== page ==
A consultation for a global standard to assess companies' claims about progress towards internal climate targets and their use of carbon offset credits launched on Tuesday, seeking to bring transparency to an unregulated market.
Many global companies such as Shell and Easyjet have set net zero emission targets, saying they would need to buy or generate carbon credits to offset residual greenhouse gases.
Offset credits, based on projects for planting trees or switching to less polluting fuels, currently trade in an unregulated, voluntary market with many different standards and approaches.
Some climate activist groups such as Greenpeace are critical of offsets, saying they paper over a lack of action to achieve actual emissions cuts.
The Claims Code of Practice launched by the Voluntary Carbon Markets Integrity Initiative (VCMI), backed by the British government, seeks to help investors establish whether claims made by companies using carbon offsets are credible.
"We need to have something that provides coherence and consistency across corporate claims around carbon credit use, in conjunction with their decarbonisation," Mark Kember, VCMI executive director told Reuters in an interview.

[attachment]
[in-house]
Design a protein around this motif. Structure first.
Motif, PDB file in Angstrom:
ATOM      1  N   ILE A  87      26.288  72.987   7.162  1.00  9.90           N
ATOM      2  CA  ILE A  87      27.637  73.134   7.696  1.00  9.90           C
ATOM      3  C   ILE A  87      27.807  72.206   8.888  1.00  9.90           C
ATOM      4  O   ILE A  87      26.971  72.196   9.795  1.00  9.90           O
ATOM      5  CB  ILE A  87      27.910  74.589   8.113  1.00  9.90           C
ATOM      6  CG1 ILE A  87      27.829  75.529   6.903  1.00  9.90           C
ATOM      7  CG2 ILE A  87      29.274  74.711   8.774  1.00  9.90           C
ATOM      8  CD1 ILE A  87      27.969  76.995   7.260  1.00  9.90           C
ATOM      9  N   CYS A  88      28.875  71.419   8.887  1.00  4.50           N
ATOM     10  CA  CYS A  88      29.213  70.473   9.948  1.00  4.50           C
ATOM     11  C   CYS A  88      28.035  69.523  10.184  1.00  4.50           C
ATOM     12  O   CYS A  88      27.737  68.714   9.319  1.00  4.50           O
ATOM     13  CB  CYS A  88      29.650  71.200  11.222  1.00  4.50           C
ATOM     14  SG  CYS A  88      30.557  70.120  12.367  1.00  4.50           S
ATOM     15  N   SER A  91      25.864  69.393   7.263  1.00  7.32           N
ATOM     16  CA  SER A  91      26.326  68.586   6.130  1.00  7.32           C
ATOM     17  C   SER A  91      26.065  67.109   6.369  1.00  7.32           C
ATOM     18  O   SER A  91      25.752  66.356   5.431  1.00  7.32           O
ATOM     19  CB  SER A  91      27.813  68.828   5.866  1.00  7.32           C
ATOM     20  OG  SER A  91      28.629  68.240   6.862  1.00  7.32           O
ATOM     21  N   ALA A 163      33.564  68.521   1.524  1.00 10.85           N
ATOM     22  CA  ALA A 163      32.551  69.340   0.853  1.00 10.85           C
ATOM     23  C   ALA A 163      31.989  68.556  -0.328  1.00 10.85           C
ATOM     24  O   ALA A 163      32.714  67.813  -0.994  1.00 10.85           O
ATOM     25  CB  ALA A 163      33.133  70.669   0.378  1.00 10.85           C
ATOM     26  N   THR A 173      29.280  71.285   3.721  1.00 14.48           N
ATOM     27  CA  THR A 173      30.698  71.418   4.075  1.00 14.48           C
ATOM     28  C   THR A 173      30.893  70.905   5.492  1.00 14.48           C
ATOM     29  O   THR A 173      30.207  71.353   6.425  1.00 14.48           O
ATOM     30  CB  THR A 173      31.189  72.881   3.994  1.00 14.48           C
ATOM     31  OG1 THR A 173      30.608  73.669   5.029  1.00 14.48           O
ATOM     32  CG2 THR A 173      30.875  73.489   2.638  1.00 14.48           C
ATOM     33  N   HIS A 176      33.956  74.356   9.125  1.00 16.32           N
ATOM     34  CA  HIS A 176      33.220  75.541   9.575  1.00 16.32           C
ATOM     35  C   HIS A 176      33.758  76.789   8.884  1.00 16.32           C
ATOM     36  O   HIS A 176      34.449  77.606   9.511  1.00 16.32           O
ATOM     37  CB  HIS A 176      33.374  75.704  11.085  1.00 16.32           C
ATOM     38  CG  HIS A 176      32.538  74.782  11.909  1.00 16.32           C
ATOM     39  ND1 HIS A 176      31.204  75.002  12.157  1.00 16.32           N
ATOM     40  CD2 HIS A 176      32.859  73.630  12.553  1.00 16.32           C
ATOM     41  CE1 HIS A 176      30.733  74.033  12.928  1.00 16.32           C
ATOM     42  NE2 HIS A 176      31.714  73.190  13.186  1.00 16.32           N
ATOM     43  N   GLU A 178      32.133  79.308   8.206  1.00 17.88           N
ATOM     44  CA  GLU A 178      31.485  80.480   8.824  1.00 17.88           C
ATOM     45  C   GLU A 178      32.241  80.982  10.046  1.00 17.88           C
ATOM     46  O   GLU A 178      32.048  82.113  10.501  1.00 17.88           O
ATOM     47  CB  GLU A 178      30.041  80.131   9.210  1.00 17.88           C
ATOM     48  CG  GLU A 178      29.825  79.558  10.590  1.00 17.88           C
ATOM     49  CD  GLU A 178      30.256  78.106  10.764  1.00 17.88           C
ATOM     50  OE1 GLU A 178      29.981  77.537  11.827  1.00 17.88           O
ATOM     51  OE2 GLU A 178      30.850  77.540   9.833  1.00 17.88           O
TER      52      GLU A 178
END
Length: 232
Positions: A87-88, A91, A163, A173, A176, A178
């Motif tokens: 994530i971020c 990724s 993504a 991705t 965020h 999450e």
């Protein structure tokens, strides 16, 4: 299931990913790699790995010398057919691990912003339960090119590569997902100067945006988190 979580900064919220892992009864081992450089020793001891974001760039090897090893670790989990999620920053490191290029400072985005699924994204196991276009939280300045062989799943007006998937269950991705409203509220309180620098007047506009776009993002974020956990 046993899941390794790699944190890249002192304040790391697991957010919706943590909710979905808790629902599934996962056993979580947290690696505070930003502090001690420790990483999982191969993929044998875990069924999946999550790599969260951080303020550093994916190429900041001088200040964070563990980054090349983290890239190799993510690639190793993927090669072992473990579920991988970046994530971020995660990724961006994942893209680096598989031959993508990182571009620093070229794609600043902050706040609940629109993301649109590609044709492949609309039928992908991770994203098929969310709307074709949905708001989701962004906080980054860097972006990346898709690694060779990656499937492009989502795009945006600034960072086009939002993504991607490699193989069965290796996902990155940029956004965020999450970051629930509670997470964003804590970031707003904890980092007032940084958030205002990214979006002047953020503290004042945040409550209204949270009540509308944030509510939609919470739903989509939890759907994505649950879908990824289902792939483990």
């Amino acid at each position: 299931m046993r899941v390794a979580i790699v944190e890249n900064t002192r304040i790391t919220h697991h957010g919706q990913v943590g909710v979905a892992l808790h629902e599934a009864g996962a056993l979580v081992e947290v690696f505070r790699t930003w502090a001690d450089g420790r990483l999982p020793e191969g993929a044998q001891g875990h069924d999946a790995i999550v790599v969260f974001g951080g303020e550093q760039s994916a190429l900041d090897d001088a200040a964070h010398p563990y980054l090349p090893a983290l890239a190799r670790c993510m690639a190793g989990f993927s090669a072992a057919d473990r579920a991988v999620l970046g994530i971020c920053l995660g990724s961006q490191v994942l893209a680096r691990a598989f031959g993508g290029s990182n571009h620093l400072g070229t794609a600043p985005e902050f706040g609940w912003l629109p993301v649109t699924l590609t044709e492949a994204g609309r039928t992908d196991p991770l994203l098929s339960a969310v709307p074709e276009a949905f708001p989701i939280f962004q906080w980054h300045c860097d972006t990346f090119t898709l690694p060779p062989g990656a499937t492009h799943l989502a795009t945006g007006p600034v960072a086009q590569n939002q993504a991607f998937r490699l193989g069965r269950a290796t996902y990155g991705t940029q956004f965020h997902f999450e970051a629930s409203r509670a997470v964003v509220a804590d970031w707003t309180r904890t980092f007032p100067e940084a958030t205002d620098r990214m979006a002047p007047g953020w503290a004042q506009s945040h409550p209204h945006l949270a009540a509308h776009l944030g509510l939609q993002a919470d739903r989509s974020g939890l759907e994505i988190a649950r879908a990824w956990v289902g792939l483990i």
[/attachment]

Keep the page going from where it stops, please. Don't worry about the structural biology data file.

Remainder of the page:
The VCMI, set up last year, is sponsored by Britain and the philanthropic Children's Investment Fund Foundation and supported by the United Nations Development Programme.
The new code seeks to bring transparency into the use of terms such as net zero, climate neutral or climate positive.
Under the standard, a company can be awarded Gold, Silver or Bronze, depending on progress towards its corporate climate targets for a given year, and the use of offsets to go beyond those targets, ideally to net zero carbon as soon as possible.
The VCMI builds on benchmarks to assess corporate climate targets, such as the Science Based Targets Initiative, which says a company can only claim to have a credible net zero plan if it uses carbon credits to offset less than 10% of its emissions.
This is designed to limit the scope for companies to use offsets to claim they have cut emissions, when in fact they continue to release planet-warming gases into the atmosphere from their own operations.
The final version of the standard is expected to be published early 2023.